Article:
The strength of the commercial market has been a major factor in these improvements, with rates rising by more than 100% in some lines of business. Nevertheless insurers are still failing to make underwriting profits. With the exception of R&SA and QBE, the commercial lines combined ratios are still above 100%.
But Standard and Poor's credit analyst Rob Jones says they should be viewed positively.
"The figures show that the underlying trends are in the right direction. They reflect the fact that the market is approaching the end of the cycle and that prices have been improving."
But while commercial lines market is producing a positive performance, personal lines are doing less well. Some of the best-known names in the market have shown deteriorating results, and others have failed to make any significant improvement.
Lloyds TSB's combined ratio slipped by 10%, R&SA's by 7.6%, Aviva's by 3% and Direct Line's by 1.4%. But Churchill and CIS's combined ratios each improved by less than 0.5%.
The poor performances of R&SA and Aviva are significant. R&SA's deterioration is quite a considerable jump further into underwriting loss, and Aviva's slip pushed a previously profitable line of business into the red.
R&SA director of UK personal lines Blyth Morris says the company's poor performance was due to increased claims costs.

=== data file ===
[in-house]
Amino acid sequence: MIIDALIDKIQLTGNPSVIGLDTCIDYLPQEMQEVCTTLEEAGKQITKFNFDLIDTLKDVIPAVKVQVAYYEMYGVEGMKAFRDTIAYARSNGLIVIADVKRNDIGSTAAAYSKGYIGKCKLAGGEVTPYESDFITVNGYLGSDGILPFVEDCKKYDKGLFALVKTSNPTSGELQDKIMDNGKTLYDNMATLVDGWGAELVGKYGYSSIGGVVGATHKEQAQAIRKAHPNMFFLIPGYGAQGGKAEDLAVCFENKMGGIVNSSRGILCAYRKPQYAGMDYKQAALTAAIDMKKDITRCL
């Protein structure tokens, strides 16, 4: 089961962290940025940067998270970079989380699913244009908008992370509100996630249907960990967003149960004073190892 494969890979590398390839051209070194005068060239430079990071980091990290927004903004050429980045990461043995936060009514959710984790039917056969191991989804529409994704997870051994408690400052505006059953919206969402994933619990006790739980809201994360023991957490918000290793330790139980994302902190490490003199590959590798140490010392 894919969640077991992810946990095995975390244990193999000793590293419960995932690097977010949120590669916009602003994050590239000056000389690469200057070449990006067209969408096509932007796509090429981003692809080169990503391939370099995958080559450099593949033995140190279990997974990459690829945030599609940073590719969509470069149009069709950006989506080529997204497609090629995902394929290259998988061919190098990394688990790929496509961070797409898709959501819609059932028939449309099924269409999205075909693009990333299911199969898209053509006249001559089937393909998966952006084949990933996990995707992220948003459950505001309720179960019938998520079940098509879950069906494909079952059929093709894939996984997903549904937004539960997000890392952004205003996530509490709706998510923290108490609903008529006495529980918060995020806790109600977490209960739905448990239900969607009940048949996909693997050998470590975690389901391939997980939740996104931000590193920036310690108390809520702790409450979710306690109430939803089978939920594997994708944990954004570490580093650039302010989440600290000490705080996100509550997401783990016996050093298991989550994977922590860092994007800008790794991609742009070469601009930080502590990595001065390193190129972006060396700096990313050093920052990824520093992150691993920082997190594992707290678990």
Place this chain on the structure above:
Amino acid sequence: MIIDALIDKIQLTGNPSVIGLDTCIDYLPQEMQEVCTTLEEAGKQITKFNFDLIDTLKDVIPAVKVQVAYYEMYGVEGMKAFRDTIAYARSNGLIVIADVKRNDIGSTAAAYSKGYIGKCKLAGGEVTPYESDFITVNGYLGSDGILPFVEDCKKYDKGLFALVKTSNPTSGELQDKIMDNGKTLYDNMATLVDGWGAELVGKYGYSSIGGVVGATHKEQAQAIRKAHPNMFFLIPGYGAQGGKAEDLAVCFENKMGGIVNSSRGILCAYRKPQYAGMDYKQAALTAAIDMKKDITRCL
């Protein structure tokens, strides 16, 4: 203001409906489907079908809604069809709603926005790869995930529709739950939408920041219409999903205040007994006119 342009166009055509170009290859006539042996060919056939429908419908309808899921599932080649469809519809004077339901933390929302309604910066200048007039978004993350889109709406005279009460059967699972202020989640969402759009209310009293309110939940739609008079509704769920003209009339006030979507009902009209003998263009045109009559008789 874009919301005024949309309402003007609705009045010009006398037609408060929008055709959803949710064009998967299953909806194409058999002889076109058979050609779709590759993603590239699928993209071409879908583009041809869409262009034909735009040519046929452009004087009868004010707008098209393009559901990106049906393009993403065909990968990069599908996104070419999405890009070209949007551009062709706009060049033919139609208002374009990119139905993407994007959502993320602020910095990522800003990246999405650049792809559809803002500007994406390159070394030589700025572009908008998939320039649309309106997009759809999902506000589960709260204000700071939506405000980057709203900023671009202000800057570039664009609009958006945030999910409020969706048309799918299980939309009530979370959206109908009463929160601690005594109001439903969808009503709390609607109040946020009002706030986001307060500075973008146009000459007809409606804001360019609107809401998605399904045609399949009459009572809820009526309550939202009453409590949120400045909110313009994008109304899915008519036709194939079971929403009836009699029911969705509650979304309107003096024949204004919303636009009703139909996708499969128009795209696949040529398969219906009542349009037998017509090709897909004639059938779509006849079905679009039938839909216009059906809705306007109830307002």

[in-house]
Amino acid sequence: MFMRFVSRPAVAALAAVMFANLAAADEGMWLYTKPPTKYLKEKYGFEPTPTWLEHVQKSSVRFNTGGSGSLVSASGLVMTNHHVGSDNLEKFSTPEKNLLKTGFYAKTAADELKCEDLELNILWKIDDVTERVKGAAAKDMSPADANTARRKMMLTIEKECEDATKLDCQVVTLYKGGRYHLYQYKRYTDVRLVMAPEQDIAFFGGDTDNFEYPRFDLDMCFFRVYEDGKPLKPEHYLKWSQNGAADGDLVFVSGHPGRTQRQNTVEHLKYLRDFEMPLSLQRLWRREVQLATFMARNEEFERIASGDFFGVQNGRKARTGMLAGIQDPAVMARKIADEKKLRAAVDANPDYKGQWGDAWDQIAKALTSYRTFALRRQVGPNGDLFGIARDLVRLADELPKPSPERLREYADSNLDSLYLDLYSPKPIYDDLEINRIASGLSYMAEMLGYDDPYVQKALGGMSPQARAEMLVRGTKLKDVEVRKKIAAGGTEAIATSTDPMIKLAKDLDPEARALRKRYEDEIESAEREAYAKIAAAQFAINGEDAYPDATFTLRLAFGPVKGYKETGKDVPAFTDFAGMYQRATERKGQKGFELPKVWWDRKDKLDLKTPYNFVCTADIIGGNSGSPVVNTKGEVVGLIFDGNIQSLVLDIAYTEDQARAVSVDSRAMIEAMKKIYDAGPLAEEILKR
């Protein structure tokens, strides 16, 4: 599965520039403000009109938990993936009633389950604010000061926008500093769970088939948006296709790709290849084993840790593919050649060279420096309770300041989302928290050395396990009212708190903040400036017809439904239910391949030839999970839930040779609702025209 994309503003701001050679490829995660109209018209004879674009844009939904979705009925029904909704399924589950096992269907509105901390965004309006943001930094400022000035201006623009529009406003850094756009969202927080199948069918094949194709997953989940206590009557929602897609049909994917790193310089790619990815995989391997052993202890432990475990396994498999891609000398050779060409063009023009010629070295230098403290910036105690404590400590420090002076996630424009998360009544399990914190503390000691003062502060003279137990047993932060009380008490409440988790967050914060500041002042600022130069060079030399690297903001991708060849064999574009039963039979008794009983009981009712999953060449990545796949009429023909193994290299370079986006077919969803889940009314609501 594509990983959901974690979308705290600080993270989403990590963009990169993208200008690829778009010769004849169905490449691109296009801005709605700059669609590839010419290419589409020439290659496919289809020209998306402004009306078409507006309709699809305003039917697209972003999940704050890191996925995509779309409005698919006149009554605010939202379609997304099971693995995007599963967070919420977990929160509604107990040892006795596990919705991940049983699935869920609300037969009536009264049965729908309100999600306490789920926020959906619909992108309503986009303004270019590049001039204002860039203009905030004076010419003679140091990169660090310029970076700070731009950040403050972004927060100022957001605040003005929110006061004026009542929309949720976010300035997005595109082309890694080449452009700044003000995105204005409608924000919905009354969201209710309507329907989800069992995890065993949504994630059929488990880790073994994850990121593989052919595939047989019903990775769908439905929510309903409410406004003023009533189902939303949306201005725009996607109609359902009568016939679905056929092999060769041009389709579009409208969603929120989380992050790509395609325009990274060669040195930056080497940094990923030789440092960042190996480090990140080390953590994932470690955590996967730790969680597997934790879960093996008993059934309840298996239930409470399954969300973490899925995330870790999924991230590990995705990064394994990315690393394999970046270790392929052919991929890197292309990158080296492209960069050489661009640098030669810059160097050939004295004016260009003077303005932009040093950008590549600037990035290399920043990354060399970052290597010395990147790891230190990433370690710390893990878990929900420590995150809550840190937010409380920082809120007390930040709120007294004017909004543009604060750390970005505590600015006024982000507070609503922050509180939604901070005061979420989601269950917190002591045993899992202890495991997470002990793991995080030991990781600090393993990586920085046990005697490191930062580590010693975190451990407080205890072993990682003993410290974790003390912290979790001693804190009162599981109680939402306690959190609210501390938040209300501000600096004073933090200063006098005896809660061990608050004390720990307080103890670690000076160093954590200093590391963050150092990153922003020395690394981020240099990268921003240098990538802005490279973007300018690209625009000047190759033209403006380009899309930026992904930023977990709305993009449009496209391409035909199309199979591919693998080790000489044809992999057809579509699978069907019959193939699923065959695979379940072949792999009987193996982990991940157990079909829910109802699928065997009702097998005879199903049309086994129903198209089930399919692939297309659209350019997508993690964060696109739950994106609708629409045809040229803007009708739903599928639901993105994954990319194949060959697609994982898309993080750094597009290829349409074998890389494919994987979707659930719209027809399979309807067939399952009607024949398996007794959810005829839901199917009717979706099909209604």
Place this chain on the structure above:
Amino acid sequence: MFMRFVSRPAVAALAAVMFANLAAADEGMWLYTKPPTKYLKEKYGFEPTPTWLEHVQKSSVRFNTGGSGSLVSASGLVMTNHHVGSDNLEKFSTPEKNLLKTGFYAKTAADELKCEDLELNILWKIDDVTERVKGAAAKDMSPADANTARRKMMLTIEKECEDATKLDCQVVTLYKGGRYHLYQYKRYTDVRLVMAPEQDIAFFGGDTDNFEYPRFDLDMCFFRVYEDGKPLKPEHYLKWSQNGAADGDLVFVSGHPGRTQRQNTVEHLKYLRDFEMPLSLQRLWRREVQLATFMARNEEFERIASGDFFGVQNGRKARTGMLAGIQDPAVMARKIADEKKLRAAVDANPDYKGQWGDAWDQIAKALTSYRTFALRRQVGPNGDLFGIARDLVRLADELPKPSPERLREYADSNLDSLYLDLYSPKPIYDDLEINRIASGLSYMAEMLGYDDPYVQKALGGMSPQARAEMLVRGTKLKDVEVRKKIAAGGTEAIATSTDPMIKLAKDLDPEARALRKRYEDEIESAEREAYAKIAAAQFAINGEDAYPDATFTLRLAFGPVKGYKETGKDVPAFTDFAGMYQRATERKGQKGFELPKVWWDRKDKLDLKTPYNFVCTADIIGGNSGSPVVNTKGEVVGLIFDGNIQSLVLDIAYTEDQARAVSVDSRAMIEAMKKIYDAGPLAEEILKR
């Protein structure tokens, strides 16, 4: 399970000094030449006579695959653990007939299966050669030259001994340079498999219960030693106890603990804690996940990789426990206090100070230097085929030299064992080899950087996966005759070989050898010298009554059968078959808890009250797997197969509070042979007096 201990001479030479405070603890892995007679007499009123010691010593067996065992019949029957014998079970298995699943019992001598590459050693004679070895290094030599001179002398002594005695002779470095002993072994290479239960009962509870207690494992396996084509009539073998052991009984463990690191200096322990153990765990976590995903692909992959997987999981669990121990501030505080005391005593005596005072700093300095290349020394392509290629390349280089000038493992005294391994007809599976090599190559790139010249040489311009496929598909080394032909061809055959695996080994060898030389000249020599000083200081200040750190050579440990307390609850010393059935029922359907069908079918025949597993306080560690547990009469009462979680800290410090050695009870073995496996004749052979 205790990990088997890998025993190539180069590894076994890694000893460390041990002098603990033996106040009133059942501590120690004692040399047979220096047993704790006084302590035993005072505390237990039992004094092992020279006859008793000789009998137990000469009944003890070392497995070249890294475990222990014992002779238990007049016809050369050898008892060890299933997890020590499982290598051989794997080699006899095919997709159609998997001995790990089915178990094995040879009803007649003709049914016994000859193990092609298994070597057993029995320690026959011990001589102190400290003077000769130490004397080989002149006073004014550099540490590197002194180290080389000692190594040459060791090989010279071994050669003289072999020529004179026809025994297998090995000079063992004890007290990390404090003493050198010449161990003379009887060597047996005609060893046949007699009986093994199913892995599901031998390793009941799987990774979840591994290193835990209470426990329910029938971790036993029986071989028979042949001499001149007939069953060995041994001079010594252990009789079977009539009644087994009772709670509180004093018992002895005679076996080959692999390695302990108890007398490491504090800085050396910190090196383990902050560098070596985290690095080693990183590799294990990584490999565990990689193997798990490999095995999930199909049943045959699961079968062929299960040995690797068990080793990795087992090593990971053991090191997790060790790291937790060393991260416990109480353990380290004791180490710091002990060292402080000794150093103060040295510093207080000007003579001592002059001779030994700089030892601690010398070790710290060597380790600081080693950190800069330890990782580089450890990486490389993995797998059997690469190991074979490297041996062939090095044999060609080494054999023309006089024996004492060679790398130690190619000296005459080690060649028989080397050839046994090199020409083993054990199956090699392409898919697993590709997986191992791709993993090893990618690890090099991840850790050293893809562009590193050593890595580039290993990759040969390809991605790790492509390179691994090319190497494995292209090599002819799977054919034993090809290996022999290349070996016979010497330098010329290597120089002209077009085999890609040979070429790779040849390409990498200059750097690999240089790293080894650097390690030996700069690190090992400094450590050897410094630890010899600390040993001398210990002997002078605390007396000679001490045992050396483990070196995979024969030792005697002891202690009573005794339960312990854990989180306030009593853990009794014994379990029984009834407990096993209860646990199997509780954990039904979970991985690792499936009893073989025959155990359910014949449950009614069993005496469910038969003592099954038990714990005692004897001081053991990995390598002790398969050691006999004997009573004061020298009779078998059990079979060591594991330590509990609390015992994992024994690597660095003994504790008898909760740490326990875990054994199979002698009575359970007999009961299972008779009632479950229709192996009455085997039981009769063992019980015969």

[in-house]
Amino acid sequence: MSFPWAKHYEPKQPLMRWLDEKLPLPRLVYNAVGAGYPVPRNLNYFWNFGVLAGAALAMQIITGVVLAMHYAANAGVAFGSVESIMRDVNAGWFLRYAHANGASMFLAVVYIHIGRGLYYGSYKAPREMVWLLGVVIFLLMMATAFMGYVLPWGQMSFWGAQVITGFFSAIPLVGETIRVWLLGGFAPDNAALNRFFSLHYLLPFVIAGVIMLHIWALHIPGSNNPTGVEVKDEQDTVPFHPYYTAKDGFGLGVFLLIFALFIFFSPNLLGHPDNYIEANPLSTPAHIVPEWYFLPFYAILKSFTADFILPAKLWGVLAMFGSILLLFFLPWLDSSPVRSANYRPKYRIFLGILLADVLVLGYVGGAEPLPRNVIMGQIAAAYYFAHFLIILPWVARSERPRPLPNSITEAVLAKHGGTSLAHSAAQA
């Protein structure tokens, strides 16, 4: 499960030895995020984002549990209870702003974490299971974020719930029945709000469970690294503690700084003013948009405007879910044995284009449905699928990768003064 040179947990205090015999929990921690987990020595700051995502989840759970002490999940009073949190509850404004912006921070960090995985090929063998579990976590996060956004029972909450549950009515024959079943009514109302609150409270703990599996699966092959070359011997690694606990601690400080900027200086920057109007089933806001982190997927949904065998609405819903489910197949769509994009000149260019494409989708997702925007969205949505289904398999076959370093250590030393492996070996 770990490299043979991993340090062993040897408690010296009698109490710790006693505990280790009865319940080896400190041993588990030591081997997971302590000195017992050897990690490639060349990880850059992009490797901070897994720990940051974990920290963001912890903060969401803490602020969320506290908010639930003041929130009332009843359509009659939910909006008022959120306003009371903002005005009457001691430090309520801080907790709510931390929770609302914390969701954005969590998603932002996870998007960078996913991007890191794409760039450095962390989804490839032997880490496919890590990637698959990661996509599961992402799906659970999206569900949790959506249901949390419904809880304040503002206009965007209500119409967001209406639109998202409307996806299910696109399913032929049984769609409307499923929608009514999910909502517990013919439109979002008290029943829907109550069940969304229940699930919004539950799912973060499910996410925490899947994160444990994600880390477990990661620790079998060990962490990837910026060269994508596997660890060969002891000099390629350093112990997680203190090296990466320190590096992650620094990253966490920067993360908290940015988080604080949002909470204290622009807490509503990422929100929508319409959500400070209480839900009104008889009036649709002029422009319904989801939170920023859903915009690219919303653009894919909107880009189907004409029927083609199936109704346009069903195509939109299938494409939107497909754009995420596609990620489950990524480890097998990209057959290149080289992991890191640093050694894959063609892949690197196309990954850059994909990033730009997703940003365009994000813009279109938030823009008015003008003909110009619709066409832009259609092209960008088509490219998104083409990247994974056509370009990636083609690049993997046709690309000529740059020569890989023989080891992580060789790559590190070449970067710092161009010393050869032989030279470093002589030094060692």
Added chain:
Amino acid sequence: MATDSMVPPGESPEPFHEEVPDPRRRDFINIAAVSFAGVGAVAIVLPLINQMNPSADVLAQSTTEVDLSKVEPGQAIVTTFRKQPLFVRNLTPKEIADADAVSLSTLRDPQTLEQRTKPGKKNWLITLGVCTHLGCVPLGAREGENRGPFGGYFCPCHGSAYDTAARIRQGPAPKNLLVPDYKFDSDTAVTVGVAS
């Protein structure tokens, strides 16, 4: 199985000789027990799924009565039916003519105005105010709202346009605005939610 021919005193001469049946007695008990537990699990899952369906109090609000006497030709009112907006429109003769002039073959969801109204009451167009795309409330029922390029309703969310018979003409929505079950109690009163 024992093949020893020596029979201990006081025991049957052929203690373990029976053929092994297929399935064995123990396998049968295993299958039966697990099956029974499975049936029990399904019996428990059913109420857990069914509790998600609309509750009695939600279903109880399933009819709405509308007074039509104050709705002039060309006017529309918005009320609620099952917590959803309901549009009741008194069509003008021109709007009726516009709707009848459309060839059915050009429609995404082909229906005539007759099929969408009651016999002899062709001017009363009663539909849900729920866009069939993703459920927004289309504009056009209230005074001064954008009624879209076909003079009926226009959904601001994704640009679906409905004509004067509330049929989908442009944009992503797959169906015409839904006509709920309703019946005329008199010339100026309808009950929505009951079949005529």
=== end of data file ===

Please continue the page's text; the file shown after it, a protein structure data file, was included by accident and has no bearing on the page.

"In the household sector the deterioration was due to increased weather claims in 2002 - flooding and storms. In the motor sector, the cost of injury claims increased substantially. There has also been an increase in underlying claims costs. People have more expensive personal possessions than they used to, so the average cost of a claim is substantially higher."
But Morris denies that the results demonstrate an underwriting failure. "We accept we have to look at more sophisticated techniques and take a more dynamic approach to the segments we write. We also need to take specific action to reduce costs such as increasing excesses and looking at where the business comes from. We are also looking to put rates up - in excess of 10% on household - and they will probably increase further.